Former secret agent David Shayler was freed on bail last night after being charged with two offences under the Official Secrets Act.

The former intelligence officer, who hails from Middlesbrough, faces prosecution over claims of incompetence by his former employers, MI5.

But he will not face charges over a string of other allegations, including claims that MI6 were behind a bungled plot to assassinate Libyan leader Colonel Gaddafi and that the security services failed to act on a warning about an IRA bomb in London in 1983.

His solicitor, John Wadham, who is also director of civil rights group Liberty, said the decision not to charge Mr Shayler over his gravest allegations showed the Government wanted to "back off" from legal action.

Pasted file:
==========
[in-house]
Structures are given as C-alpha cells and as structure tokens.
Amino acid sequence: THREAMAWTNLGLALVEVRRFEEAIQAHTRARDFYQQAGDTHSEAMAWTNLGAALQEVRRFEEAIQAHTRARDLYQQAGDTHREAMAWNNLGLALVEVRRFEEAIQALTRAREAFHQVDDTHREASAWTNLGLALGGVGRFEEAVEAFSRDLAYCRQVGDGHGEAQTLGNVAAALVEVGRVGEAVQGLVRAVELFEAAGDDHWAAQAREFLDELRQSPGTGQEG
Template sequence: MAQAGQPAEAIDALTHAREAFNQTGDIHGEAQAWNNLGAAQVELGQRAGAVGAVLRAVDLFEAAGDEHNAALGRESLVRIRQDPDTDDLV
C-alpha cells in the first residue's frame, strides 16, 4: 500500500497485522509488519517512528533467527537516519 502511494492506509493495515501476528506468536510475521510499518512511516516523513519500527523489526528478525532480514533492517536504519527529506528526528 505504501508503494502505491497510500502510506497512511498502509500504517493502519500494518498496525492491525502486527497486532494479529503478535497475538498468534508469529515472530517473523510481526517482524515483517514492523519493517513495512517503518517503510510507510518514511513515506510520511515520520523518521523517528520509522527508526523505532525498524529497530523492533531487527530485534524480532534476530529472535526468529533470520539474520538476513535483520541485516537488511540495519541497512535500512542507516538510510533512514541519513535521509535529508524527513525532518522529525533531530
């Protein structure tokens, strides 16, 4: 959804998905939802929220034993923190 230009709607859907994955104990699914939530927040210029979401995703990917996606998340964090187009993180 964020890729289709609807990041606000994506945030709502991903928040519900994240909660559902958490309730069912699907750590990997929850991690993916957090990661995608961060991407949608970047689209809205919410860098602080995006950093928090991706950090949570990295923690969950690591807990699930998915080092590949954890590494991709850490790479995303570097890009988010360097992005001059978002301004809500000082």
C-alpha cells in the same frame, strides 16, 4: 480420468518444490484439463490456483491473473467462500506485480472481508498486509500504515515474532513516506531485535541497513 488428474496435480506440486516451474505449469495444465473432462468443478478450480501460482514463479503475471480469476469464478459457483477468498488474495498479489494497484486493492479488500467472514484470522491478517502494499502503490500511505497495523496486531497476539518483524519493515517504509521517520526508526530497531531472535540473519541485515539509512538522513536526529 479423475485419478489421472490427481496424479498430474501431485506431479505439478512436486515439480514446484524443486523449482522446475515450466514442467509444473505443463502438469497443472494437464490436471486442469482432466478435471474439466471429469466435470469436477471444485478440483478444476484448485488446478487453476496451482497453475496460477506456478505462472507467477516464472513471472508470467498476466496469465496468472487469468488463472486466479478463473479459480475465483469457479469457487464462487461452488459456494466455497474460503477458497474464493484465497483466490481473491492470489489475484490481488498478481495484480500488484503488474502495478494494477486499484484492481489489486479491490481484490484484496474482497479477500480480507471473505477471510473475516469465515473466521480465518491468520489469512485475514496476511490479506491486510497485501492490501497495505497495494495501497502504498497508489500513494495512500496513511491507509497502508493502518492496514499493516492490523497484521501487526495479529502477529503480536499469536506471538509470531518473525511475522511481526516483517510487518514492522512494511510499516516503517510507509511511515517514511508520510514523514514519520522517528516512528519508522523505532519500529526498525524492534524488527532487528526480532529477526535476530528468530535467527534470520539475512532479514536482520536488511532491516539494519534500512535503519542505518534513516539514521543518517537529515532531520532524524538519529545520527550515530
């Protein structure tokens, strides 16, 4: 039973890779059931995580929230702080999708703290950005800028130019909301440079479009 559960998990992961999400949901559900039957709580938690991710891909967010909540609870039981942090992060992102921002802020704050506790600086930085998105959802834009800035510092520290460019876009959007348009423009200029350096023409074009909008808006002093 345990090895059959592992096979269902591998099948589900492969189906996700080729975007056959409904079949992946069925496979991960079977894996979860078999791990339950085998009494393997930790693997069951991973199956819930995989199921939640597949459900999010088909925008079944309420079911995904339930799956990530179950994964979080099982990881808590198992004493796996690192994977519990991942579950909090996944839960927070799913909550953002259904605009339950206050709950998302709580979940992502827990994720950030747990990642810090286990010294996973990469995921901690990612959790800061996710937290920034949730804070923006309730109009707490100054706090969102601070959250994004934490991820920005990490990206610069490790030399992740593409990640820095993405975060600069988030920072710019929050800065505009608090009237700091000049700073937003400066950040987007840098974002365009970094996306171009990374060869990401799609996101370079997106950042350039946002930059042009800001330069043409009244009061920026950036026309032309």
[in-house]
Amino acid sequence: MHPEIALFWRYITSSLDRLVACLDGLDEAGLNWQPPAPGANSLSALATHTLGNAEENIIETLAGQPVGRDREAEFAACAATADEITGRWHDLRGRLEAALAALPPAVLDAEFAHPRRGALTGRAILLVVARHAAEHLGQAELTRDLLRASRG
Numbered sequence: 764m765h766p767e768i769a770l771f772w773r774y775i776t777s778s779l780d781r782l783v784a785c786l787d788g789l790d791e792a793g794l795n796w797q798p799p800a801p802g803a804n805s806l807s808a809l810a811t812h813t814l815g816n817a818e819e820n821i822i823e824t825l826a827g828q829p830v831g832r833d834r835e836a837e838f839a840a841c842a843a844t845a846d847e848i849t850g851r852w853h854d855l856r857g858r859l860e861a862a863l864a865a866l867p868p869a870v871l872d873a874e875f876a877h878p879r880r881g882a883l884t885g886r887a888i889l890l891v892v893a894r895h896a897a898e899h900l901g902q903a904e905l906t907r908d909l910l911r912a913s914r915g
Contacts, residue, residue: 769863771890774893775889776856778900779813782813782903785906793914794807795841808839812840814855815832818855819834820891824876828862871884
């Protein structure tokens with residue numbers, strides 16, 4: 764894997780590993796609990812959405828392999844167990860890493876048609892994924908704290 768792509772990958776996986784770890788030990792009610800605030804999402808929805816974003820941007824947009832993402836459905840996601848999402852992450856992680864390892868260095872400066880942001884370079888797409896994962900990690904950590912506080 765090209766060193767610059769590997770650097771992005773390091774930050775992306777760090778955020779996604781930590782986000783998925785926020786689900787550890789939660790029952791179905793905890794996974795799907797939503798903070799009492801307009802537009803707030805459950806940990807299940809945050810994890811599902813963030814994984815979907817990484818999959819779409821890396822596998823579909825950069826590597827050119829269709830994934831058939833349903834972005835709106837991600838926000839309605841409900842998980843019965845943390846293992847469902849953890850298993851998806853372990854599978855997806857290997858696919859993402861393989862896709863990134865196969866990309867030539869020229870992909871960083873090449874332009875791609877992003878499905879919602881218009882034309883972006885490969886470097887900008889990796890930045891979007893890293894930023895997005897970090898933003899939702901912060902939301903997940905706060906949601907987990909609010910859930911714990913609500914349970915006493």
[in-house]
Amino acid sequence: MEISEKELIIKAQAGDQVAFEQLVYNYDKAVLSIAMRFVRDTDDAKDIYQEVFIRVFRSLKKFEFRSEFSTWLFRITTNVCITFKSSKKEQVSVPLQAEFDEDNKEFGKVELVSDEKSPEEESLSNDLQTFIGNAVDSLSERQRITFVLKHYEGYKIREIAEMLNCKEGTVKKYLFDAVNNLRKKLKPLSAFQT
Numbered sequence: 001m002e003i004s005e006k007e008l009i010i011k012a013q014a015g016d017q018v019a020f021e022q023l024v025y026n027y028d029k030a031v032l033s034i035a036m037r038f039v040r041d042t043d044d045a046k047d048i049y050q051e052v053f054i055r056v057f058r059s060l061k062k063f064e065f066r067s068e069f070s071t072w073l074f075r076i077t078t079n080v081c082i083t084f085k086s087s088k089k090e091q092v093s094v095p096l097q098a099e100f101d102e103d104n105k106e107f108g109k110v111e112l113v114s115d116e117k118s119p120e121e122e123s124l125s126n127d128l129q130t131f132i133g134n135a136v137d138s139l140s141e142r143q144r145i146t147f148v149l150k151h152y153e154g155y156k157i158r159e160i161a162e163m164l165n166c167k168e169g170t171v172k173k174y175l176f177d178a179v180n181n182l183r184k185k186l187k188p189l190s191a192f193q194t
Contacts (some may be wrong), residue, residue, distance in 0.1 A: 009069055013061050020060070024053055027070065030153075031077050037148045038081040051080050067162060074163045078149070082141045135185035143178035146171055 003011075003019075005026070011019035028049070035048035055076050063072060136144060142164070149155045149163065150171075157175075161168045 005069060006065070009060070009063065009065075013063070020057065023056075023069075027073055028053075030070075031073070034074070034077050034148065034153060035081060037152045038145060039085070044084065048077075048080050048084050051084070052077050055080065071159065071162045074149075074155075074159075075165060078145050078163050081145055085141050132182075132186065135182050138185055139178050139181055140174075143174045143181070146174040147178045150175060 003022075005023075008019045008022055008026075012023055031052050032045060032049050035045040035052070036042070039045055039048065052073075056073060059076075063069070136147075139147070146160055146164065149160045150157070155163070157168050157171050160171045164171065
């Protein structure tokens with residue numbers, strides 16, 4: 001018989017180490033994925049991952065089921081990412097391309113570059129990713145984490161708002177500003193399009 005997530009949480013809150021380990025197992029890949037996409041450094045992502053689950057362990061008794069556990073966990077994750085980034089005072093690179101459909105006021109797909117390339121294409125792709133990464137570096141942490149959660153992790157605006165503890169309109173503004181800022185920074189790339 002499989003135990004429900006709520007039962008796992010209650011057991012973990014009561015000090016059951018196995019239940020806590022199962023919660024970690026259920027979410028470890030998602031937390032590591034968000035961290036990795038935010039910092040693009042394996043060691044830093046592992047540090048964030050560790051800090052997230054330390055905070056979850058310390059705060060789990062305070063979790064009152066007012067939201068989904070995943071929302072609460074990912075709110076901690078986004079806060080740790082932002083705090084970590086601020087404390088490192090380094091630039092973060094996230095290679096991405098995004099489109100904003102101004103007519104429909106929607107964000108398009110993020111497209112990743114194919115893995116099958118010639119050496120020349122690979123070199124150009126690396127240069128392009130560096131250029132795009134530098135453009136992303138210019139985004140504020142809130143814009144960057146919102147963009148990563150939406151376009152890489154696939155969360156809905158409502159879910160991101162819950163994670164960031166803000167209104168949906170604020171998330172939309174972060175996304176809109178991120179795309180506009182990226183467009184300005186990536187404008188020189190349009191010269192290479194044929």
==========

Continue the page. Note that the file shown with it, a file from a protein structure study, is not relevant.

But some believe it could rob the former intelligence officer of the public interest defence he intends to mount under European human rights laws.

The former secret agent suggested it was simply "an attempt to prevent the jury from hearing the whole story".

Earlier, Mr Shayler was arrested by Special Branch officers at Dover, when he returned from three years "political exile" in France.

He was taken to Charring Cross police station, London, where he gave a statement to police. As he left, Mr Shayler, 34, said: "I decided to return to Britain to face charges under the Official Secrets Act.

"I have done this to clear my name and to allow a jury of 12 of my fellow citizens to judge me."

He will appear at Bow Street Magistrates Court on Thursday.